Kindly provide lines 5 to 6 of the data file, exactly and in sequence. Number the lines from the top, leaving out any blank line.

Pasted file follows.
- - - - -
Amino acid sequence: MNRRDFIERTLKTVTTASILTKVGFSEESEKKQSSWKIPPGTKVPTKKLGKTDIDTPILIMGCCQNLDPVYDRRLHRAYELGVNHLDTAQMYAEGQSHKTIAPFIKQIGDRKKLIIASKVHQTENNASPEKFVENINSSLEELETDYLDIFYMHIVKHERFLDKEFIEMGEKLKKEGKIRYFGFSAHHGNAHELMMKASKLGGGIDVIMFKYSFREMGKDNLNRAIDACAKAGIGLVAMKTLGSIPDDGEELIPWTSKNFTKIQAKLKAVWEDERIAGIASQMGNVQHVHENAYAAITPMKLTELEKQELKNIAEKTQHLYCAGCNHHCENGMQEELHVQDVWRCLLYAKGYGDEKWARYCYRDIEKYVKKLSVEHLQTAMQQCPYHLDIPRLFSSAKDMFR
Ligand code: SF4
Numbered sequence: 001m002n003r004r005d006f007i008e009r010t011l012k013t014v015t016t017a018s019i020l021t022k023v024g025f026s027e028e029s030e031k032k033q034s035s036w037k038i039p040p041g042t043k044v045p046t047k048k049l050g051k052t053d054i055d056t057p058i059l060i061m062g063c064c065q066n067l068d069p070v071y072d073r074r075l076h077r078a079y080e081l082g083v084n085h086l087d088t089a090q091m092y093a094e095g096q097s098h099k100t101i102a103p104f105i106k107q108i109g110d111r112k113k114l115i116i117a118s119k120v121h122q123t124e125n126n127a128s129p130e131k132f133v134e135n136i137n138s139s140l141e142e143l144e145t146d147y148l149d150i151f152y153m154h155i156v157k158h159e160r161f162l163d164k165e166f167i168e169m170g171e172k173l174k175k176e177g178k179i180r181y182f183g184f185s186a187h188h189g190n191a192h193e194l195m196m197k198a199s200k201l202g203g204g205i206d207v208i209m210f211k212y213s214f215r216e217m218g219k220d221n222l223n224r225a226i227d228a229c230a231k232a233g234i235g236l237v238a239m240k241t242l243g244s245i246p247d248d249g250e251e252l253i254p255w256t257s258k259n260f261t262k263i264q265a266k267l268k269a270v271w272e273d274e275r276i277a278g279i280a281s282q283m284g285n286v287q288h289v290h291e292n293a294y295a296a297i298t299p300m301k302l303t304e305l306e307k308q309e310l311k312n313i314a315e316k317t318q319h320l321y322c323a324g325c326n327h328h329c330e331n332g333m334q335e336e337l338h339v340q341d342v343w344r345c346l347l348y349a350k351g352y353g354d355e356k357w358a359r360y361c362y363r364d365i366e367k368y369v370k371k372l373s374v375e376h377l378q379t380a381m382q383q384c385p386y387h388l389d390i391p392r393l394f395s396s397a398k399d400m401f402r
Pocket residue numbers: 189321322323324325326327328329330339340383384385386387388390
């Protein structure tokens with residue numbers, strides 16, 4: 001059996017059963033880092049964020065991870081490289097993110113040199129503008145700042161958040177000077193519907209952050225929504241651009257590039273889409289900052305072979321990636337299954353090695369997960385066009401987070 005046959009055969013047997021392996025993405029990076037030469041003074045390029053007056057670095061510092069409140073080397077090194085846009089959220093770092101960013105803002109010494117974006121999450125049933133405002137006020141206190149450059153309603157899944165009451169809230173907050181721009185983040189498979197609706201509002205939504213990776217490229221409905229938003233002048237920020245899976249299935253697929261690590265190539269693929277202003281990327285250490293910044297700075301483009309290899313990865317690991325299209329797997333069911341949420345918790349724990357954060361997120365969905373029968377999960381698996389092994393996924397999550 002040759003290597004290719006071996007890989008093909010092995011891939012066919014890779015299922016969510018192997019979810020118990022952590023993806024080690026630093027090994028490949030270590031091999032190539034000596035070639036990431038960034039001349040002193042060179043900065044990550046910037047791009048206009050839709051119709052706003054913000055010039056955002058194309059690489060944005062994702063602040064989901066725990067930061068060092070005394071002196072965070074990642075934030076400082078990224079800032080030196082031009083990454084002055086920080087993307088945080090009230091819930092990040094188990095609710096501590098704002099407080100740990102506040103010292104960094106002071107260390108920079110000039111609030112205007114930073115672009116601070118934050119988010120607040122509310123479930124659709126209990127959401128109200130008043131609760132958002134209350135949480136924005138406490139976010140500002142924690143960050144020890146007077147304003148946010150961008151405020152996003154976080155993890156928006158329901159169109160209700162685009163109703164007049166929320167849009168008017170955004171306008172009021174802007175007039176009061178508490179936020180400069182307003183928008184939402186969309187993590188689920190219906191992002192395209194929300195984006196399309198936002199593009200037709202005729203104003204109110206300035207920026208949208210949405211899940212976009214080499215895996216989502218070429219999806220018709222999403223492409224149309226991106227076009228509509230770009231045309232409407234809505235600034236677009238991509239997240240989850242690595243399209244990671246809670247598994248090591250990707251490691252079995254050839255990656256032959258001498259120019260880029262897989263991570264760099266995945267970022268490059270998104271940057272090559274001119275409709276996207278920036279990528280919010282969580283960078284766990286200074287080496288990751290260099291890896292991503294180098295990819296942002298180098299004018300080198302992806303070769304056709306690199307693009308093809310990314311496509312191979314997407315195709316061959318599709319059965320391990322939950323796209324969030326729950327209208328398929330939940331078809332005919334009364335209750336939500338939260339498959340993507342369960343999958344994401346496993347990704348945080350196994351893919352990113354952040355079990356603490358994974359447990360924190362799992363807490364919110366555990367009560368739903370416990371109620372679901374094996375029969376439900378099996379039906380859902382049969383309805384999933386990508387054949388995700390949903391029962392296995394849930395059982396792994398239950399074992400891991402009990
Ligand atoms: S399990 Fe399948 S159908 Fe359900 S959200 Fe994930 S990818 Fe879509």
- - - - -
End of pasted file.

């Protein structure tokens with residue numbers, strides 16, 4: 001059996017059963033880092049964020065991870081490289097993110113040199129503008145700042161958040177000077193519907209952050225929504241651009257590039273889409289900052305072979321990636337299954353090695369997960385066009401987070 005046959009055969013047997021392996025993405029990076037030469041003074045390029053007056057670095061510092069409140073080397077090194085846009089959220093770092101960013105803002109010494117974006121999450125049933133405002137006020141206190149450059153309603157899944165009451169809230173907050181721009185983040189498979197609706201509002205939504213990776217490229221409905229938003233002048237920020245899976249299935253697929261690590265190539269693929277202003281990327285250490293910044297700075301483009309290899313990865317690991325299209329797997333069911341949420345918790349724990357954060361997120365969905373029968377999960381698996389092994393996924397999550 002040759003290597004290719006071996007890989008093909010092995011891939012066919014890779015299922016969510018192997019979810020118990022952590023993806024080690026630093027090994028490949030270590031091999032190539034000596035070639036990431038960034039001349040002193042060179043900065044990550046910037047791009048206009050839709051119709052706003054913000055010039056955002058194309059690489060944005062994702063602040064989901066725990067930061068060092070005394071002196072965070074990642075934030076400082078990224079800032080030196082031009083990454084002055086920080087993307088945080090009230091819930092990040094188990095609710096501590098704002099407080100740990102506040103010292104960094106002071107260390108920079110000039111609030112205007114930073115672009116601070118934050119988010120607040122509310123479930124659709126209990127959401128109200130008043131609760132958002134209350135949480136924005138406490139976010140500002142924690143960050144020890146007077147304003148946010150961008151405020152996003154976080155993890156928006158329901159169109160209700162685009163109703164007049166929320167849009168008017170955004171306008172009021174802007175007039176009061178508490179936020180400069182307003183928008184939402186969309187993590188689920190219906191992002192395209194929300195984006196399309198936002199593009200037709202005729203104003204109110206300035207920026208949208210949405211899940212976009214080499215895996216989502218070429219999806220018709222999403223492409224149309226991106227076009228509509230770009231045309232409407234809505235600034236677009238991509239997240240989850242690595243399209244990671246809670247598994248090591250990707251490691252079995254050839255990656256032959258001498259120019260880029262897989263991570264760099266995945267970022268490059270998104271940057272090559274001119275409709276996207278920036279990528280919010282969580283960078284766990286200074287080496288990751290260099291890896292991503294180098295990819296942002298180098299004018300080198302992806303070769304056709306690199307693009308093809310990314311496509312191979314997407315195709316061959318599709319059965320391990322939950323796209324969030326729950327209208328398929330939940331078809332005919334009364335209750336939500338939260339498959340993507342369960343999958344994401346496993347990704348945080350196994351893919352990113354952040355079990356603490358994974359447990360924190362799992363807490364919110366555990367009560368739903370416990371109620372679901374094996375029969376439900378099996379039906380859902382049969383309805384999933386990508387054949388995700390949903391029962392296995394849930395059982396792994398239950399074992400891991402009990
Ligand atoms: S399990 Fe399948 S159908 Fe359900 S959200 Fe994930 S990818 Fe879509």